Mindfulness: often a missing piece of the puzzle. We are thrilled to have a Prescribe Nutrition super member Scott with us today to wrap up our campaign on food-body-mind. Scott reminds us how mindfulness plays a huge role in our health. Scott, we’re ready for you to sprinkle some of that mindfulness on us, so without further ado…

Eating and mindfulness don’t go hand in hand. It hasn’t been engrained in our DNA. We live in a time and culture that doesn’t focus on mindfulness. Instead, we want food fast and we want it cheap. It seems like the fads and research as to what is good for our bodies are changing daily. It can be so hard to know if what you’re doing to your diet is actually beneficial – or is science going to tell us in two weeks that today’s superfood is tomorrow’s carcinogen? Who can keep up with all this craziness?!

Another component is that we have some very strong psychological and emotional ties to food. We turn to it when we are happy and we turn to it when we are sad. It is the center of social gatherings like barbecues and family dinners. Then there’s ice cream and chocolate to comfort us after a dreaded break up. Bored? Grab a bag of pretzels. Watching a movie? Let’s shovel the popcorn down the gullet! Poor eating is deeply entrenched in out society. 

Food literally affects our brain chemistry. Many of the sugary, doughy foods have similar effects to our brains as drugs, even to the extent of us becoming addicted to some foods. We all know that feeling of craving fats or those DELICIOUS breads. Those are our dietary addictions – turns out they’re not good for our brains or our bodies.


For example, french fries and potato chips. When you chow down on those are you doing it meaningfully and with consciousness? Heck no! We shove those things in our face as quick as we can between gulps of soda goodness! What else do you eat like this? Are you *there* when you’re eating? Or are you thinking about what you need to do at work, at home, with your friends or a million other things.

Next time you eat try being there. Reign those thoughts and that wondering mind in and bring consciousness the process of eating. Eat with purpose and intention. Breathe. When you are compelled to just eat and eat and eat, shoveling those french fries in, or scoops of ice cream, take a step back. Check in – how is this food affecting your body? Does your body feel good from this food? Does this food make you feel light and clean or heavy and lethargic? Is this a type of food that you really want to be eating? Your body will be sending you a lot more signals than you think once you start listening.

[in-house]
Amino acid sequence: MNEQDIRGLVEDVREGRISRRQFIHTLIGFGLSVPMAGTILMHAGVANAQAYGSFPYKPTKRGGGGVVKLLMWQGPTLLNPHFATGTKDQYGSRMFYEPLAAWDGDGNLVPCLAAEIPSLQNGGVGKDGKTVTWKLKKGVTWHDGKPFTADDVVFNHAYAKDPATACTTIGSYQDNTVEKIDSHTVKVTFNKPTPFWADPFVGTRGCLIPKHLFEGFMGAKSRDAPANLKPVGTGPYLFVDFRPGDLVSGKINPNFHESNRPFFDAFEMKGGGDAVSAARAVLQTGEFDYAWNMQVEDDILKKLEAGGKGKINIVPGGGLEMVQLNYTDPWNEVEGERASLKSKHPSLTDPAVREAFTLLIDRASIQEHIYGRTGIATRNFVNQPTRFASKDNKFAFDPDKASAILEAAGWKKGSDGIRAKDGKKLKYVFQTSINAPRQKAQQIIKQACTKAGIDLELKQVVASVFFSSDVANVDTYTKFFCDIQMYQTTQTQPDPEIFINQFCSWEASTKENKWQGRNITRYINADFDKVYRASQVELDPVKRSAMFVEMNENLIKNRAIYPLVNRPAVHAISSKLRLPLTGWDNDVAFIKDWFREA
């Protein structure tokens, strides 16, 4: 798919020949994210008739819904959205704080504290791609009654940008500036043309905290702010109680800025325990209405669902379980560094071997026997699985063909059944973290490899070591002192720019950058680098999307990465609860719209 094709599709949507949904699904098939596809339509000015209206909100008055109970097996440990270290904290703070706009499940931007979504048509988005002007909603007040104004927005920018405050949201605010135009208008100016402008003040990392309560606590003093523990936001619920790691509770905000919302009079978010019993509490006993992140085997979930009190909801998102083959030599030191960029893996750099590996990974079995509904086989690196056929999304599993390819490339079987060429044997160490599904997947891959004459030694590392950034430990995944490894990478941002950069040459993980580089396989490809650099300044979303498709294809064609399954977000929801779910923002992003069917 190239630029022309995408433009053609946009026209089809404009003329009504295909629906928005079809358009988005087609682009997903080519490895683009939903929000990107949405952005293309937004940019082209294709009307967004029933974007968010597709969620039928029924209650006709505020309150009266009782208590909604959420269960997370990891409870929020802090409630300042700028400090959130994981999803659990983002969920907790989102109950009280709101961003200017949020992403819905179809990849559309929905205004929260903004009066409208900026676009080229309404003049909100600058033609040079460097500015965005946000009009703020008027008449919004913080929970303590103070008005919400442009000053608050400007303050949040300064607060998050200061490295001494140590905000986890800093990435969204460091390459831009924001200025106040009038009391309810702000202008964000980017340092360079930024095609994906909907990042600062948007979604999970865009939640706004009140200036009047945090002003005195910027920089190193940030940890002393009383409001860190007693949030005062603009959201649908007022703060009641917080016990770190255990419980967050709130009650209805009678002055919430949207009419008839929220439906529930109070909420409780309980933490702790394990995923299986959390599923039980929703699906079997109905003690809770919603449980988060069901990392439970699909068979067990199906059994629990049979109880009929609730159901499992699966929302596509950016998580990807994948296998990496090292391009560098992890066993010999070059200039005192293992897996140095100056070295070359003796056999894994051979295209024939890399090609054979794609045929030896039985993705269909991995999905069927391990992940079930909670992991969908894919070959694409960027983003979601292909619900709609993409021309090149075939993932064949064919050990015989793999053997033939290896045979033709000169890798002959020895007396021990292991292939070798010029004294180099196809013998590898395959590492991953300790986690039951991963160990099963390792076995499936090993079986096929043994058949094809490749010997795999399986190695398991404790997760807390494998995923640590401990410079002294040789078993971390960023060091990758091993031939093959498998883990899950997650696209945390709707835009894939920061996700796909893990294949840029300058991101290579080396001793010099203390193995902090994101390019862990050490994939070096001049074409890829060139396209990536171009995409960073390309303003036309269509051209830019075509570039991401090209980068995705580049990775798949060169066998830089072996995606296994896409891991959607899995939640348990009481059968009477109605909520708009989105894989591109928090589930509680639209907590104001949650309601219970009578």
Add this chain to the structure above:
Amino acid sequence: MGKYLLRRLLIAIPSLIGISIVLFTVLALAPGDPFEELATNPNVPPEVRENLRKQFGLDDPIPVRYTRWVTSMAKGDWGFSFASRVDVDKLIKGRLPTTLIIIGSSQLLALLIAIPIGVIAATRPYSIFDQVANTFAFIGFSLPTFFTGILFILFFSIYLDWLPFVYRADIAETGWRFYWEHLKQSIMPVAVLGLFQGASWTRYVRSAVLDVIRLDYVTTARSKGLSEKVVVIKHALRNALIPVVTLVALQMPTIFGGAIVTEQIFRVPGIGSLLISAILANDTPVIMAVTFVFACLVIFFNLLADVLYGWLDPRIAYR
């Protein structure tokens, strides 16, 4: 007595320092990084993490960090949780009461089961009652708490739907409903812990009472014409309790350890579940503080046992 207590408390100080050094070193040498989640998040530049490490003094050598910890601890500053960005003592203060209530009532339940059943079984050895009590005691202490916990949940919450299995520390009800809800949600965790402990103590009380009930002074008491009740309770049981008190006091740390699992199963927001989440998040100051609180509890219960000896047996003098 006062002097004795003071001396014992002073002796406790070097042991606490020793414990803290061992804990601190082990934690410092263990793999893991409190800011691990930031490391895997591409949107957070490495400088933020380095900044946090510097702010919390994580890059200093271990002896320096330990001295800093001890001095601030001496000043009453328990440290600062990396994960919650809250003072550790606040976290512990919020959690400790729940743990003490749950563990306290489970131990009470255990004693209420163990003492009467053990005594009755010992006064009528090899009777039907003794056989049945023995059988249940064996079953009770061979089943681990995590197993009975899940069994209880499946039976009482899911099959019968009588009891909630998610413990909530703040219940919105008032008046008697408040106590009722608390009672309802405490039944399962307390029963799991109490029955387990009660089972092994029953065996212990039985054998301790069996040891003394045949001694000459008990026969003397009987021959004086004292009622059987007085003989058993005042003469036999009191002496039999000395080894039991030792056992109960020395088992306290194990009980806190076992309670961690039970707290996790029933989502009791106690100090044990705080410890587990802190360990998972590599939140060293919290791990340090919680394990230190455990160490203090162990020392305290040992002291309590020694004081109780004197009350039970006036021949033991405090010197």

Old habits are very hard to break. I know when I took my first Prescribe 20 and was learning how to eat whole, clean foods, my body would crave the foods I had built bad habits around. Breads, sugars, ice cream, chips, burritos, and ohhh the pizza! But focus on what it is you really want. Remind yourself that these changes will be worth it. You will feel better. You will live better overall. You will have fewer health problems. You will look better. You may have to even create a funny mantra for yourself for when you’re really craving those bad foods. I would repeat to myself “This is all going to be worth it, this is all going to be worth it!” And guess what? It was worth it! I am worth it. You are worth it! Take care of you by giving your body real food with the nutrition you need.


Going back to bad habits, let’s not completely ignore those right now. Check in with yourself on why you were eating poorly. In some way, these bad eating habits were serving you. Were you using them to bottle your emotions? To hide something? What are the top ten things blocking your progress? How can you change those?  Make a list of realistic action steps you can take and alternative, healthier  ways of dealing with the triggers. Be kind to yourself and practice self care. Practice creative visualization — see yourself as you ideally want to be, eating healthfully, at an ideal weight, glowing with goodness.

Associate with people who have similar goals. Hang out with people from the gym and join Facebook groups where people have similar ideas and interests. These people will also help to give you ideas, support, and even some recipes.

diagram-1Take care of you. Practice wholesome, healthful things like meditation, yoga, and get massages. Be patient with yourself. For many of us, these are some big changes and deeply entrenched bad habits. They’re not going to go away over night. Keep fighting! Meditation increases focus, attention, happiness, while reducing anxiety and stress. However, maybe you are one of those people who just *can’t* sit still and meditate. That’s okay! Sitting, silent meditation isn’t for everyone. Try an active meditation like qi gong, tai chi, yoga, and/or mindful walking.

This journey is about you. It’s going to take some effort in the beginning while you’re building new habits, but once your practice this consistent, you’ll find that all this healthy eating isn’t so hard and that not only is it worth it, you are worth it.

Scott, a mindful PN memberScott is a native Idahoan and has a Master’s degree in Asian Comparative Studies with an emphasis in Buddhism. He is a spiritual teacher and consultant who focuses on practical spirituality, applied Buddhism, meditation, and Advaita Vedanta. Scott passionately studies religions of various cultures and loves showing that spirituality and philosophy can be incorporated in practical ways to deepen our existential human experiences. Scott has been a practitioner of meditation, yoga, and Buddhism for over 20 years and has studied with various Western and Tibetan teachers. His website can be found at www.scottgoolsby.com and www.facebook.com/dharmainbliss